Fall Book Club: Death Valley 📚
A lively discussion for Melissa Broder's singular, trippy novel
Editorial note: Alisha is on maternity leave. In the meantime, Downtime is edited by Aliza Abarbanel.
I hope everyone enjoyed reading Death Valley by Melissa Broder as much as I did! Broder continues to amaze me—this story is psychedelic and strange, terrifying and sad, funny and heartbreaking. In coping with her ailing father and perpetually sick husband, our unnamed narrator takes a trip to the desert to escape her life and work on her novel, settling into the sterile and corporate comfort of a Best Western. She ventures out onto a trail where she finds a seemingly mystical cactus, wherein she copes with her grief, reckons with death and dying, and communes with past versions of her father.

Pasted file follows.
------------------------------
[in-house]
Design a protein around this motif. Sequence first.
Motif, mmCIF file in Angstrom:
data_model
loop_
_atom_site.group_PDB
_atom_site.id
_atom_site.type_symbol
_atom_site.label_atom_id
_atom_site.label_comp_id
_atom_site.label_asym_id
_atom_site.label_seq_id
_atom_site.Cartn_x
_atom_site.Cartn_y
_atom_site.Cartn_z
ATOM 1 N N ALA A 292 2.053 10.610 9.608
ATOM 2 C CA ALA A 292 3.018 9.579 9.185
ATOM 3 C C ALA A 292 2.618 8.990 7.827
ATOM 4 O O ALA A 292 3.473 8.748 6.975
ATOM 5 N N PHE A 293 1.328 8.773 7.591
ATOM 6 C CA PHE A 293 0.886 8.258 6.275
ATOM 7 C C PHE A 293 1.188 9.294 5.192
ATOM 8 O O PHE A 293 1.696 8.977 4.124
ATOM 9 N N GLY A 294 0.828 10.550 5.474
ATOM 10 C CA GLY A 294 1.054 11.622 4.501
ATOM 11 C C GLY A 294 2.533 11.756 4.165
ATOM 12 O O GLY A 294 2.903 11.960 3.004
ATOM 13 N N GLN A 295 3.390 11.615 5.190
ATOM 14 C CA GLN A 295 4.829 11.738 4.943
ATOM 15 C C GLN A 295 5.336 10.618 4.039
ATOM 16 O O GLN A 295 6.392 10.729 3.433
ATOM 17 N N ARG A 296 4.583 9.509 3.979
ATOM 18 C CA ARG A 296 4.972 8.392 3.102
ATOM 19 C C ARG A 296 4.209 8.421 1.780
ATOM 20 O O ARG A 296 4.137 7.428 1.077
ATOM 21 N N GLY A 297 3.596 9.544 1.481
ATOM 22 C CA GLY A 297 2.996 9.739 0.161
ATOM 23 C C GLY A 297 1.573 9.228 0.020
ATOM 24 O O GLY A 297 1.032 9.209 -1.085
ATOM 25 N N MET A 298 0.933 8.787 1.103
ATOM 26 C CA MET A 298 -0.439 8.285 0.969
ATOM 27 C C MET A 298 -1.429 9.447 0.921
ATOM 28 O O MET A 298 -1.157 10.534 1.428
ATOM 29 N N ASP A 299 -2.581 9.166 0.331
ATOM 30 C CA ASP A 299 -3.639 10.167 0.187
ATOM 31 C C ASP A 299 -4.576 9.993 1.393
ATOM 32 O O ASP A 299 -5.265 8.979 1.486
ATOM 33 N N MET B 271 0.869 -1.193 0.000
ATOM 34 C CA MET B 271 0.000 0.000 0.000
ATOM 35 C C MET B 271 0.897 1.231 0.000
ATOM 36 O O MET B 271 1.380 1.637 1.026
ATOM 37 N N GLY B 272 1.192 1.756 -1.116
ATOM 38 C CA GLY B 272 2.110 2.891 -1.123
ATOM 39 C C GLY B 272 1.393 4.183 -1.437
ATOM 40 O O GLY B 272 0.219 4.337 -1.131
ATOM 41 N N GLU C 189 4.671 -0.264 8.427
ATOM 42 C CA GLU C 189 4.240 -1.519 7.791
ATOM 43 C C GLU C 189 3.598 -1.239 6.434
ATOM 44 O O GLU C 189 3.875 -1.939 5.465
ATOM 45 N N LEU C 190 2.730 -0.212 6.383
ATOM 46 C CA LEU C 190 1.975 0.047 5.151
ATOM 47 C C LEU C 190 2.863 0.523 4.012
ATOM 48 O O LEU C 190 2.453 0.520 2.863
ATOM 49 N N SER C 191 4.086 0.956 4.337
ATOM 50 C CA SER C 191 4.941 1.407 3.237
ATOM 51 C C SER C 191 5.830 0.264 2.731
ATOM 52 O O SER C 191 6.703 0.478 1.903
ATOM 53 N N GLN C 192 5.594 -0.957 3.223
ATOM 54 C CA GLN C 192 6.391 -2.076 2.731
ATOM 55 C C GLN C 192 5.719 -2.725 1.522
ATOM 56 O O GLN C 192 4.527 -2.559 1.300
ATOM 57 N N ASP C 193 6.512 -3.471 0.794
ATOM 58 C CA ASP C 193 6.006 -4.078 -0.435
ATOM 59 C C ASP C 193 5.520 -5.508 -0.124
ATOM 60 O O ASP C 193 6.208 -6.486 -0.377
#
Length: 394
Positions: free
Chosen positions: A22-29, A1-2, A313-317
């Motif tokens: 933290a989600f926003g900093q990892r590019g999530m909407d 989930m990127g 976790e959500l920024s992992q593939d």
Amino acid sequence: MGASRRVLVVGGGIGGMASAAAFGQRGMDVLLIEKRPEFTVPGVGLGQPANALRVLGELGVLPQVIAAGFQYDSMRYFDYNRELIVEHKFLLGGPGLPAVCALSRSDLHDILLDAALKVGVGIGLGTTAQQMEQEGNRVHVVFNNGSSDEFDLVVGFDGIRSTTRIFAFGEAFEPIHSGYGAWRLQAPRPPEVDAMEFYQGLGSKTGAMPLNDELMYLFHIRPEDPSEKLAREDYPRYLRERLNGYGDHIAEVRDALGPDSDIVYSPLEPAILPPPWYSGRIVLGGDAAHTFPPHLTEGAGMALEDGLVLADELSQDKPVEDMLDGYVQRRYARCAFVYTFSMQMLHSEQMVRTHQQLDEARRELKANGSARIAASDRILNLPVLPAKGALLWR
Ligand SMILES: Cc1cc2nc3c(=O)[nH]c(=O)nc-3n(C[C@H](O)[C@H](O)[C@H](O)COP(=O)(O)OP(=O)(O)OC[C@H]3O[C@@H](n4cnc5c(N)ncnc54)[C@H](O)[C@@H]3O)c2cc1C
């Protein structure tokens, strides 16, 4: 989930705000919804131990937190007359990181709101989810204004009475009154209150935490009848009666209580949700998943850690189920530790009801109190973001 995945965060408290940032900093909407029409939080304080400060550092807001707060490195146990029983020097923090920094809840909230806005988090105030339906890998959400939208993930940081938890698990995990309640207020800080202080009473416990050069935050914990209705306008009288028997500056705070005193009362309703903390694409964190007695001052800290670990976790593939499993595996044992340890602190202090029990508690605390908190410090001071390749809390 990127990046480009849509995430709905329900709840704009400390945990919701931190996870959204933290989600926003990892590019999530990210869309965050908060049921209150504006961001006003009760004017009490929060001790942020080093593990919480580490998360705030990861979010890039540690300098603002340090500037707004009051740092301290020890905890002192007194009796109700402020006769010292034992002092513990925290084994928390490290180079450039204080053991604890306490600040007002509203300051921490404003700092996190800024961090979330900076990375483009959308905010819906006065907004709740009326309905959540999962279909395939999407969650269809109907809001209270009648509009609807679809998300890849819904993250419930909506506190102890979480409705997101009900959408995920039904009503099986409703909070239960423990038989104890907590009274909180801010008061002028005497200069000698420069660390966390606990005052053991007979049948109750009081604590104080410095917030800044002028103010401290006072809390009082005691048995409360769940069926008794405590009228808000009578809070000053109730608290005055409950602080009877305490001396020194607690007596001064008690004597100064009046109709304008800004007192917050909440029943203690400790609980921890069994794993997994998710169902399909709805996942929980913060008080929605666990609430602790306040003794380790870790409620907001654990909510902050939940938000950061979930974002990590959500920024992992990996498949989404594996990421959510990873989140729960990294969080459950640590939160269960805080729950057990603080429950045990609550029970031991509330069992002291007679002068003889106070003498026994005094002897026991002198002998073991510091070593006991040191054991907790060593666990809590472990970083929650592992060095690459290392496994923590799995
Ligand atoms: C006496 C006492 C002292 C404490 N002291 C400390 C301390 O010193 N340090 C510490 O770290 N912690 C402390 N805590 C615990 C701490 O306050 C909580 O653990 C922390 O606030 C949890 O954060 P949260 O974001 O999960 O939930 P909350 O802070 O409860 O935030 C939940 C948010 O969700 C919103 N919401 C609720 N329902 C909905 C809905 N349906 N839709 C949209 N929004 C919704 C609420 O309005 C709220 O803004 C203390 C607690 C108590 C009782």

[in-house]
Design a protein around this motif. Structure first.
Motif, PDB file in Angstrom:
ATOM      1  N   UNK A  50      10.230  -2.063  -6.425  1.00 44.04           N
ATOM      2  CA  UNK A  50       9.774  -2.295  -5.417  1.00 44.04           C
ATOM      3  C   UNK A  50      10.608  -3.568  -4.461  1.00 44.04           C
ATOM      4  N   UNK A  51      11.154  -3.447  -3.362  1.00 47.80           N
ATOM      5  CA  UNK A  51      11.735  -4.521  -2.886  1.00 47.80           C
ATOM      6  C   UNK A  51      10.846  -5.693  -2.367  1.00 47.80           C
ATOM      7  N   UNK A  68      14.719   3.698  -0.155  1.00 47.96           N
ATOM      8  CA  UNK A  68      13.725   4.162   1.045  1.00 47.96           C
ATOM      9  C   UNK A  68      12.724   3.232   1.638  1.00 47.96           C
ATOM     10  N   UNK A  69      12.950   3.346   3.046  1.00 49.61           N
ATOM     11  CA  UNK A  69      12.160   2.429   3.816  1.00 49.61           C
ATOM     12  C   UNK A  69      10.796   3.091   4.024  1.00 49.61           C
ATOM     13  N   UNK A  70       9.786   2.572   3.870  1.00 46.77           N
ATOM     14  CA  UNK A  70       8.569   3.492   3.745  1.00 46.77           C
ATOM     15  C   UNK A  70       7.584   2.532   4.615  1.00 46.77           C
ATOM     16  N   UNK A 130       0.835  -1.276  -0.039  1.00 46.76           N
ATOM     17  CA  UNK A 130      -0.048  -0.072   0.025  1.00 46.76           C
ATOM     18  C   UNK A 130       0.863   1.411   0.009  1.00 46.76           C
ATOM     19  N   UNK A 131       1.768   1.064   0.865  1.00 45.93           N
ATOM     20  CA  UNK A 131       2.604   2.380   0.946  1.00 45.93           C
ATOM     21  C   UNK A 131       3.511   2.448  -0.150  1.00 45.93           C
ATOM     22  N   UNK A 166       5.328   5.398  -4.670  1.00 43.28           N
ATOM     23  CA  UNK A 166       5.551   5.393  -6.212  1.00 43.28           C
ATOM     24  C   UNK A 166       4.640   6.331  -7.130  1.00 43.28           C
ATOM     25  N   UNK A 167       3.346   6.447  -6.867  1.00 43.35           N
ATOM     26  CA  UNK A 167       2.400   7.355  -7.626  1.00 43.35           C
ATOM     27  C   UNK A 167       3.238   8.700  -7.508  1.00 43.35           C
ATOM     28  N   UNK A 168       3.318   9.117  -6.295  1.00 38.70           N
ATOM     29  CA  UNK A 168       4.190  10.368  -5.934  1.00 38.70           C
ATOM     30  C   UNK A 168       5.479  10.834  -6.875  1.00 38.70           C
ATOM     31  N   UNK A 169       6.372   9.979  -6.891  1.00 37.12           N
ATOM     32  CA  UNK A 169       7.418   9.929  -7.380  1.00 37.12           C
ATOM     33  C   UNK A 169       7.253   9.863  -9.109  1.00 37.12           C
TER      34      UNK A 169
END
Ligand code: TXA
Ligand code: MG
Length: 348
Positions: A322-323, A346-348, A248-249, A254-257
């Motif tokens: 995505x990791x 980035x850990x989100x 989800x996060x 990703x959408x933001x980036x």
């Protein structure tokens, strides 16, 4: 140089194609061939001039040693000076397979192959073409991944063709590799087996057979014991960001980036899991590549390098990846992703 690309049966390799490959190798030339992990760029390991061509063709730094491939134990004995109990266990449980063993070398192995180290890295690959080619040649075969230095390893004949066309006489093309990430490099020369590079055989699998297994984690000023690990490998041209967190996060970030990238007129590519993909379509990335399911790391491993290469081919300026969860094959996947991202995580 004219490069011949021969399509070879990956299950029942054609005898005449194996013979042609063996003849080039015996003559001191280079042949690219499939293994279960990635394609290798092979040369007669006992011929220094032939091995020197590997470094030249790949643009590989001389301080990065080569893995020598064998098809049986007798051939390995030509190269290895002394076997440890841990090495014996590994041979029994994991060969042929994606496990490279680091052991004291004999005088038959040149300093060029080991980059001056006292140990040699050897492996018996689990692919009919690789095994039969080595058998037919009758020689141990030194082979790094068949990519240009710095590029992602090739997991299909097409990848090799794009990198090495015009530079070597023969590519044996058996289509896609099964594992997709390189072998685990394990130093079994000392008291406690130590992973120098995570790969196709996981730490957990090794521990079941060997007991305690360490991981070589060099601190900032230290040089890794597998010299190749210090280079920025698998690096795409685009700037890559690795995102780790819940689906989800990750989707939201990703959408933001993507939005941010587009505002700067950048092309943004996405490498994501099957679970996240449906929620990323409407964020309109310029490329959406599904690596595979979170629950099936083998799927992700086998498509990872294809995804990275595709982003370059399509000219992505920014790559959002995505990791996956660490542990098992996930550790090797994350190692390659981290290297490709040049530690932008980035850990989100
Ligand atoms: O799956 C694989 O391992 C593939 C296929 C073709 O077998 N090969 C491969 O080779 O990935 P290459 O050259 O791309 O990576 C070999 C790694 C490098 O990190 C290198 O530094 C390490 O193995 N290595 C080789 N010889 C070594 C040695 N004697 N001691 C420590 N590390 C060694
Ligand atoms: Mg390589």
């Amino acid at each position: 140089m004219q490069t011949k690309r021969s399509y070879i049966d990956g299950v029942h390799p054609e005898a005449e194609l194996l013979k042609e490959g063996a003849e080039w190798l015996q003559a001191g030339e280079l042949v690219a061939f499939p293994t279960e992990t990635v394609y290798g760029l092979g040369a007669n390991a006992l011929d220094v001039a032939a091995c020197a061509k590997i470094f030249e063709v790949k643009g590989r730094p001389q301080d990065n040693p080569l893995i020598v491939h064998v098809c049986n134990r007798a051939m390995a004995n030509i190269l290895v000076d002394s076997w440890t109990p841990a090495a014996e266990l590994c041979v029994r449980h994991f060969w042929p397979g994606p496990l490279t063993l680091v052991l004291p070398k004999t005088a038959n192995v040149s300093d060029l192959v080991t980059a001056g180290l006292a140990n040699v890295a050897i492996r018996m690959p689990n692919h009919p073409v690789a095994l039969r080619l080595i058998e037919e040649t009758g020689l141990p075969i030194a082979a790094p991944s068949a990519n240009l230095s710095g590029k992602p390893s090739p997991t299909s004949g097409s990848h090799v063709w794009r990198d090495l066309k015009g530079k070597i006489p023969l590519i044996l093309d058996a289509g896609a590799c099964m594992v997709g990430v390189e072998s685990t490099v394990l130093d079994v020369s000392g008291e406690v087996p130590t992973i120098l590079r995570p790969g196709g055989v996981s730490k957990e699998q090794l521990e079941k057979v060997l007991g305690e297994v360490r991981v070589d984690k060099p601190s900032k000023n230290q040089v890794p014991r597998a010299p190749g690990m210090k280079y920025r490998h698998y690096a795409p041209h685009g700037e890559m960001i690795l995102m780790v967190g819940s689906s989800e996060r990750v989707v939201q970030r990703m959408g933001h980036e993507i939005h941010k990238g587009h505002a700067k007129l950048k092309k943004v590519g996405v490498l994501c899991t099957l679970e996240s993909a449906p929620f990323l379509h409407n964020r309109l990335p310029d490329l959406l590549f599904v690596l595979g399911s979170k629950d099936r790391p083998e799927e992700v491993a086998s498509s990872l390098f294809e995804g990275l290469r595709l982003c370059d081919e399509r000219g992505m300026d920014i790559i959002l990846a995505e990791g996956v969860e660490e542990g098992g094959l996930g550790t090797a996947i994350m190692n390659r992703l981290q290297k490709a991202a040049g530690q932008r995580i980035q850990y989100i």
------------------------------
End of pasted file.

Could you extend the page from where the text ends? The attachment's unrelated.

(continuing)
The second part of the novel felt dizzying—the terrifying solitude of the desert, the feeling of lostness, the inability to make sense of reality, a reckoning with her own mortality, the need for water, her feral commitment to survival. As someone who once backpacked through Death Valley, I could see the landscape Broder so deftly described, feel the coldness of the night. I loved how it was so hard to make sense of what was truly happening to her and what was a figment of her imagination—how she was saved by a bird, sought guidance in talking rocks, and found solace in a disappearing/reappearing cactus.
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